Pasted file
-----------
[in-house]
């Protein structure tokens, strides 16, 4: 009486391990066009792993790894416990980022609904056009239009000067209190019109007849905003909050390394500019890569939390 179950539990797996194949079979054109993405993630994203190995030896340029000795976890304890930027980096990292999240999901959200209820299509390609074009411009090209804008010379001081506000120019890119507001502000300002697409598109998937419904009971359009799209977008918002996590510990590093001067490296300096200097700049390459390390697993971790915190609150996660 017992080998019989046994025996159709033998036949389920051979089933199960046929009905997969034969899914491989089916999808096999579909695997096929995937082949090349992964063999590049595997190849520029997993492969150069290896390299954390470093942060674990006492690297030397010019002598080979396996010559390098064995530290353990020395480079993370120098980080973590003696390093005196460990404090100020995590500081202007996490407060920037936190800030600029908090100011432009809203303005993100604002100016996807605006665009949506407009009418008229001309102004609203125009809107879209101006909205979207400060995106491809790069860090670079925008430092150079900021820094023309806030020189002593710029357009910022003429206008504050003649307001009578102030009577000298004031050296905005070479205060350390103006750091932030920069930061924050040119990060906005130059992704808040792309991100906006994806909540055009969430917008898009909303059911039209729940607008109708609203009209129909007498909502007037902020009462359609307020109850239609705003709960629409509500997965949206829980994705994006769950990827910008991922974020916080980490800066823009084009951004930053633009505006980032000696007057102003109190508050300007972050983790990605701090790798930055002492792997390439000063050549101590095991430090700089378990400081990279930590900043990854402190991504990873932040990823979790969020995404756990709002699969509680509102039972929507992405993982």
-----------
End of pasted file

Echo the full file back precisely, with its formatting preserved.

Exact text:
[in-house]
């Protein structure tokens, strides 16, 4: 009486391990066009792993790894416990980022609904056009239009000067209190019109007849905003909050390394500019890569939390 179950539990797996194949079979054109993405993630994203190995030896340029000795976890304890930027980096990292999240999901959200209820299509390609074009411009090209804008010379001081506000120019890119507001502000300002697409598109998937419904009971359009799209977008918002996590510990590093001067490296300096200097700049390459390390697993971790915190609150996660 017992080998019989046994025996159709033998036949389920051979089933199960046929009905997969034969899914491989089916999808096999579909695997096929995937082949090349992964063999590049595997190849520029997993492969150069290896390299954390470093942060674990006492690297030397010019002598080979396996010559390098064995530290353990020395480079993370120098980080973590003696390093005196460990404090100020995590500081202007996490407060920037936190800030600029908090100011432009809203303005993100604002100016996807605006665009949506407009009418008229001309102004609203125009809107879209101006909205979207400060995106491809790069860090670079925008430092150079900021820094023309806030020189002593710029357009910022003429206008504050003649307001009578102030009577000298004031050296905005070479205060350390103006750091932030920069930061924050040119990060906005130059992704808040792309991100906006994806909540055009969430917008898009909303059911039209729940607008109708609203009209129909007498909502007037902020009462359609307020109850239609705003709960629409509500997965949206829980994705994006769950990827910008991922974020916080980490800066823009084009951004930053633009505006980032000696007057102003109190508050300007972050983790990605701090790798930055002492792997390439000063050549101590095991430090700089378990400081990279930590900043990854402190991504990873932040990823979790969020995404756990709002699969509680509102039972929507992405993982």